Some Bible teachings have nothing to do with culture. For example the Sabbath is the seventh day in every culture. Leviticus 11 defines clean and unclean foods for every culture. But even though the Bible is clear that we should be respectful, each culture has different customs and traditions of showing respect. The same is true when it comes to modesty. As a matter of fact, I could share some quotes from the Bible with you that were totally appropriate in Bible times that would not fly today in our culture. For example, this is how David said he was going to capture all the men.
So and more also do God unto the enemies of David, if I leave of all that [pertain] to him by the morning light any that pisseth against the wall. 1 Samuel 25:22 KJV.
Newer versions word it a different way now – way that we say is more appropriate. But apparently in David’s day and in King James’ day, that was a totally appropriate way to talk and write to mixed company of all ages. So even when the Bible clearly teaches us to watch our mouths, the Bible itself words some things differently than we do today. That is because culture has greatly influenced our understanding of the Bible.
A few years ago I found a children’s Bible trivia quiz book that actually had a category for circumcision. While I have publicly taught about Bible circumcision with all ages, the thought of using it as trivia in a children’s Bible game was a little too much for me, so I chose not to use that category. At the same time I did not tear the section out, as some have done, because I did not think it was appropriate. I decided not to use it myself and left it for the next person to decide for themselves.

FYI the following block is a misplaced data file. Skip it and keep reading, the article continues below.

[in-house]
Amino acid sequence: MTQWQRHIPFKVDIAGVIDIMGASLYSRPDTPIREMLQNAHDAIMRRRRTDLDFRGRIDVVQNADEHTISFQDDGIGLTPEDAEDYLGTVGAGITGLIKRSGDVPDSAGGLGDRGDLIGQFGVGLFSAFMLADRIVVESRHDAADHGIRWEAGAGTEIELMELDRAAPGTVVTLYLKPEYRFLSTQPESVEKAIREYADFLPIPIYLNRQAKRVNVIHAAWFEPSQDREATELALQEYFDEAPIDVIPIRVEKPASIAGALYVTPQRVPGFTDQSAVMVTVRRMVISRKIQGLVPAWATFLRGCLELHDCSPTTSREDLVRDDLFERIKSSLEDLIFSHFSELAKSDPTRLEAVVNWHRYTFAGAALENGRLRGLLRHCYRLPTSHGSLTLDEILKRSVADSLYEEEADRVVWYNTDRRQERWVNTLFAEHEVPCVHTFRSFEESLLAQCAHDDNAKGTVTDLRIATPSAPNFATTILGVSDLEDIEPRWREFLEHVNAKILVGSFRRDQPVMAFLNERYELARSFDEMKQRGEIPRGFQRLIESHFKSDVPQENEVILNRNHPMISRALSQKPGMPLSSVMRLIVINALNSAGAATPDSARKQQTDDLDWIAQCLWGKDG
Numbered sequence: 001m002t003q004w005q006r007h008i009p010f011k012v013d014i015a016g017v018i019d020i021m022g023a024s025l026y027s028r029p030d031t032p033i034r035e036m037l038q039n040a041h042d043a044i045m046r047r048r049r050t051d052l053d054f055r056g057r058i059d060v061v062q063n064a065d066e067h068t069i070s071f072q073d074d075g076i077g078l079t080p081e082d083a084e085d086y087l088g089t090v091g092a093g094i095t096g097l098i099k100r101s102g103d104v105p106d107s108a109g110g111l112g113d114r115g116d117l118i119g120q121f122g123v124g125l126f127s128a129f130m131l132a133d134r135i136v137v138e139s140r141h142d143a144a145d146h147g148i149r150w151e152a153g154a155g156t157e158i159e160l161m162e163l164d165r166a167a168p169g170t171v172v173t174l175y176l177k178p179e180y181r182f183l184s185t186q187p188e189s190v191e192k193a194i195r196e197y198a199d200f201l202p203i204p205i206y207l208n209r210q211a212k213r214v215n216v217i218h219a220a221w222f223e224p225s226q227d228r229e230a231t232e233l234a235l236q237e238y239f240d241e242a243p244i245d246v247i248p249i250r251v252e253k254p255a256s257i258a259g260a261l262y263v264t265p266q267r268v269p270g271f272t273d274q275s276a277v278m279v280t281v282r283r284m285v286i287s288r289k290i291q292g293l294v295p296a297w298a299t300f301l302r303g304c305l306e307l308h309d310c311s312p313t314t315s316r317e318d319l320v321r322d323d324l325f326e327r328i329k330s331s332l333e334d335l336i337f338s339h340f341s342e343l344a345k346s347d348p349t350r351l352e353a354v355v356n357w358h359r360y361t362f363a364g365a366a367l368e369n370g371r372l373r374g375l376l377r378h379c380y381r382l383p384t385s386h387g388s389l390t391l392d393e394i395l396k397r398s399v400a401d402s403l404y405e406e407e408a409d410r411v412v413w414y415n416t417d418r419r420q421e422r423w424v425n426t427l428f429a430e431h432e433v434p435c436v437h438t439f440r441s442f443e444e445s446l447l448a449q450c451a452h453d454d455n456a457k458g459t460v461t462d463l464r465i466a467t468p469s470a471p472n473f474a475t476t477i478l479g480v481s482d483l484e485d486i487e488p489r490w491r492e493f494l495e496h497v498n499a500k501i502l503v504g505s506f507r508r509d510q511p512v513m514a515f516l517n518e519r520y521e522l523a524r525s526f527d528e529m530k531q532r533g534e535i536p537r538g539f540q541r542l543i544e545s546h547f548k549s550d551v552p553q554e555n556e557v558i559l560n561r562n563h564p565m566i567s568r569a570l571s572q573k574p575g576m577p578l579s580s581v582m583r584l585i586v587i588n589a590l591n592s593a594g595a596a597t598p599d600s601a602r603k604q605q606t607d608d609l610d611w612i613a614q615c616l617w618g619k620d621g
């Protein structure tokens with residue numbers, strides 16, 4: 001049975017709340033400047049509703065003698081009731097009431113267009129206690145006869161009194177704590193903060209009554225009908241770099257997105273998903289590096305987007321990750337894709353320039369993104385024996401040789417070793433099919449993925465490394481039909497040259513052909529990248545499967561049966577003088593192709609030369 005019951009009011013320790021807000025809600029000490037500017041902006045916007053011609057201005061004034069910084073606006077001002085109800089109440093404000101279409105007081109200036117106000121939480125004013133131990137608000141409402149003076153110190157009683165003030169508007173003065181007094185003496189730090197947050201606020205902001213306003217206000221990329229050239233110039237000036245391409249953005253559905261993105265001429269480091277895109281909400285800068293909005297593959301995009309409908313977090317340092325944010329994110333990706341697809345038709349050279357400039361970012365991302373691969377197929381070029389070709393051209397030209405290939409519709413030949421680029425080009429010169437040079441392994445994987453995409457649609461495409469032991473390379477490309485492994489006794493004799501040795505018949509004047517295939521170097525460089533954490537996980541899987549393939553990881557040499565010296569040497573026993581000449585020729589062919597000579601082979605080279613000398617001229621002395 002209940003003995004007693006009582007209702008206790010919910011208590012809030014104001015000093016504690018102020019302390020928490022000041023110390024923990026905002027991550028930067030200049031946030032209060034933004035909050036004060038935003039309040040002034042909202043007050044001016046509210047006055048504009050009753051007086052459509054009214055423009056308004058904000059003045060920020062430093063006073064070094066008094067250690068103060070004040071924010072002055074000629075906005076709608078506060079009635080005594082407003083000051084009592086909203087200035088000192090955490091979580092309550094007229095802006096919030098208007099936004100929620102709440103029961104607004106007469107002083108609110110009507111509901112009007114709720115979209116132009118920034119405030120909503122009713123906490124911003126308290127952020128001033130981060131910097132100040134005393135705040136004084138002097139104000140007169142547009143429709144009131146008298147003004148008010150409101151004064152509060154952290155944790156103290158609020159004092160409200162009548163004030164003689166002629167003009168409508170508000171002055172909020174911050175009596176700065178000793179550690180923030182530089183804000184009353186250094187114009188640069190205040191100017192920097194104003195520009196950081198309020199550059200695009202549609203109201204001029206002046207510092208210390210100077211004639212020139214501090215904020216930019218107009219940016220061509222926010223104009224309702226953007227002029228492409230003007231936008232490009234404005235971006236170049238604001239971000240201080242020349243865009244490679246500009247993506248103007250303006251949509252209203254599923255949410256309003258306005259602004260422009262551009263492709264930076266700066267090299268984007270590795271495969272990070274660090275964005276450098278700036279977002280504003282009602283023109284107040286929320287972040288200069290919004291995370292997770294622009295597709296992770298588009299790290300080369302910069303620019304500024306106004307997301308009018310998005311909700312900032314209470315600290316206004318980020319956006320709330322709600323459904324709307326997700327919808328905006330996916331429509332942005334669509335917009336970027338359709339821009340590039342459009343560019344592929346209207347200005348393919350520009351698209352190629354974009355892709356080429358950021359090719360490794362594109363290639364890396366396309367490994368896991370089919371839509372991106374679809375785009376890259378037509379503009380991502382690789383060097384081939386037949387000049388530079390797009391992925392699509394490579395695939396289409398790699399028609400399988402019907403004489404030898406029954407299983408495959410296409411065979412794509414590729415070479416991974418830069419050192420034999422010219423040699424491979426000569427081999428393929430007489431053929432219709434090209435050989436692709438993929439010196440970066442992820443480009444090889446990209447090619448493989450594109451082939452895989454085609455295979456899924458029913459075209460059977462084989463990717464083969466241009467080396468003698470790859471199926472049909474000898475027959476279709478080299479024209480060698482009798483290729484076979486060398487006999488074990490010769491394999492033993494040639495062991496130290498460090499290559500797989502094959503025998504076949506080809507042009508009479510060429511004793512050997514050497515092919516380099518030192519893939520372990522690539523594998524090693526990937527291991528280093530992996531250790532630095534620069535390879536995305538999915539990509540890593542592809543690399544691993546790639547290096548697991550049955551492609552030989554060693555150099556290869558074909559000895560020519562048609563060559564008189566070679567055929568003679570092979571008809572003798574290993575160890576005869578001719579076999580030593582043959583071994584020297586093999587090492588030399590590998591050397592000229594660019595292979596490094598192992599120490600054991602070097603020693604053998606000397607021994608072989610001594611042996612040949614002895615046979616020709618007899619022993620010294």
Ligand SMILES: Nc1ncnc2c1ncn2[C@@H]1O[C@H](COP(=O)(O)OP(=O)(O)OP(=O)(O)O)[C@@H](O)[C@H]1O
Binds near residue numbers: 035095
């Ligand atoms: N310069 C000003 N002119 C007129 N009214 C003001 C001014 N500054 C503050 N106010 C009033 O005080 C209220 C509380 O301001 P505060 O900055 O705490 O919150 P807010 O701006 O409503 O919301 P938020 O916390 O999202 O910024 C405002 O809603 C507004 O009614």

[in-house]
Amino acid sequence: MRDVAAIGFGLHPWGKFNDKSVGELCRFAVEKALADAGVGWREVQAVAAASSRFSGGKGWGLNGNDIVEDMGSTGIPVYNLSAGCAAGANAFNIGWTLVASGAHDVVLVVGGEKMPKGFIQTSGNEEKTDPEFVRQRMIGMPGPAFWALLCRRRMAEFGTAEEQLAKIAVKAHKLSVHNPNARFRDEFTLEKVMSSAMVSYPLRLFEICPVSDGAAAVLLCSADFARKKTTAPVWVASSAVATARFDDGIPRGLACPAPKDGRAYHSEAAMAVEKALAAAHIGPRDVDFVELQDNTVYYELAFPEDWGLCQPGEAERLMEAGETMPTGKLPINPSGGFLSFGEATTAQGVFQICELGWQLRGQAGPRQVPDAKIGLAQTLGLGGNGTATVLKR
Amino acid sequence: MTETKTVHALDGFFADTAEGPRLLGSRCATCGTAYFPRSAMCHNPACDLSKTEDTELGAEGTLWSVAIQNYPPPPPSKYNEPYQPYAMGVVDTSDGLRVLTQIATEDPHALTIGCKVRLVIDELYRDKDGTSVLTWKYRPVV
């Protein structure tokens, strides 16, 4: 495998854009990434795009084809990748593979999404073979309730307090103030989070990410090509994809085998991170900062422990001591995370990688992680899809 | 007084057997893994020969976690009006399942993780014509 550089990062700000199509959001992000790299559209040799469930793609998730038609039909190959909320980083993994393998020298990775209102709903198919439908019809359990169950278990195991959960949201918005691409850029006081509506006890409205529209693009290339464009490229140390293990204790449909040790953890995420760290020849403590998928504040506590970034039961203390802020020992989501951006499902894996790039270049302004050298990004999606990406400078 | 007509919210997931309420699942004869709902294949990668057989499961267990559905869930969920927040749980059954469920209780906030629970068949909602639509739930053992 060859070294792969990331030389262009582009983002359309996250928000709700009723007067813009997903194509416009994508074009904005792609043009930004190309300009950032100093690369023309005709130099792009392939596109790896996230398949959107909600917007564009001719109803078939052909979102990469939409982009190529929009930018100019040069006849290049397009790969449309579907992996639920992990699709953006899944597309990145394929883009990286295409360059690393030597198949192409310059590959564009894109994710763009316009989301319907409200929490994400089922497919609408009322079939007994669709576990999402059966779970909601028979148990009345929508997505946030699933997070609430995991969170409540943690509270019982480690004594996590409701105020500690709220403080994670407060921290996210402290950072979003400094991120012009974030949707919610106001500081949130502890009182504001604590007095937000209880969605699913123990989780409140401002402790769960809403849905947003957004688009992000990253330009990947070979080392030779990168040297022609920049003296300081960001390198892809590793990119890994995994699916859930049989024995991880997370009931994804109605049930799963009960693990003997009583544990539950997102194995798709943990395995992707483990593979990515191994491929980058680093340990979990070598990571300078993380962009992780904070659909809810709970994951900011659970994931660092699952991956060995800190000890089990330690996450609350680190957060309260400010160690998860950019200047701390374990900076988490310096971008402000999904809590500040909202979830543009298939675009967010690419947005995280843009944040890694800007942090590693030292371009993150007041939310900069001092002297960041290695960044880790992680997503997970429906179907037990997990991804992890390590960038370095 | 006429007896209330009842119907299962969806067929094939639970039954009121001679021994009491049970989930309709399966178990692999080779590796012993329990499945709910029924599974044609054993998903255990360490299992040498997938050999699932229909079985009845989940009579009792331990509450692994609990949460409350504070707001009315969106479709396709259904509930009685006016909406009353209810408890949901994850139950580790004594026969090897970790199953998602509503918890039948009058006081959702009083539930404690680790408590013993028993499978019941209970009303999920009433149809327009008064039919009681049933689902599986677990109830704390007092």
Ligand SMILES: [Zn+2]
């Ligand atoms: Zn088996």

We need to keep in mind that while Scripture does indeed take precedence over culture, that even Jesus recognizes that some things do vary from culture to culture, without contradicting the Bible. When that happens, Jesus gave us a simple rule to follow.
Do to others whatever you would like them to do to you. This is the essence of all that is taught in the law and the prophets. Matthew 7:12 NLT
By Andrew McChesney
An elderly man stopped in Delsie Knicely’s family-owned store in rural West Virginia with a request.
“I’d like to see you in church this Sabbath”, he said.
Delsie didn’t want to go. She had been raised in the Seventh-day Adventist Church and had attended Adventist schools. But she had left the church as an adult, gotten married, and opened a store selling farm produce, groceries, and chainsaws.
Still, she didn’t want to flatly reject the man, Kester Erskine, whom she had known since childhood. Kester used to drive to her parents’ farm every Sabbath and pack her and her 11 brothers and sisters into his car, including the trunk, and take them to church.
Now Kester was in the store waiting for an answer to his invitation.
“I don’t have proper clothes”, Delsie said.
Kester returned the next week, and Delsie offered another excuse.
“OK, I’ll go if I’m not sick”, she said.
That Friday, she was hospitalized with a serious blot clot. That scared her, and she resolved not to use health as an excuse to skip church.
Two weeks after the hospital stay, Kester stopped by the store with a book, “National Sunday Law”, about how the Sabbath was changed to Sunday.
Delsie read the 94-page book by Adventist pastor A. Jan Marcussen that afternoon, marking the pages as she went along. She read the book again that evening and a third time the next day. She thought, “I went to Adventist church school and academy, and I know all this. Why haven’t I been in church?”
“I couldn’t think of a good reason”, Delsie told Adventist Mission. “So, I went to church and haven’t missed a Sabbath since then”.
Today, Delsie, a spry 63-year-old with a ready smile, is a powerhouse for God. She has led many evangelistic meetings, including series during a statewide evangelistic campaign funded by a 2015 Thirteenth Sabbath Offering. She also has graded thousands of Bible correspondence studies, and many people have been baptized through her influence.
Delsie said God must have a sense of humor. Ever since she claimed not to have anything to wear to church, her wardrobe has been full.
“The Lord has seen fit that I have had plenty of decent clothes since that time”, she said.
Produced by the General Conference Office of Adventist Mission. Find more mission stories at adventistmission[dot]org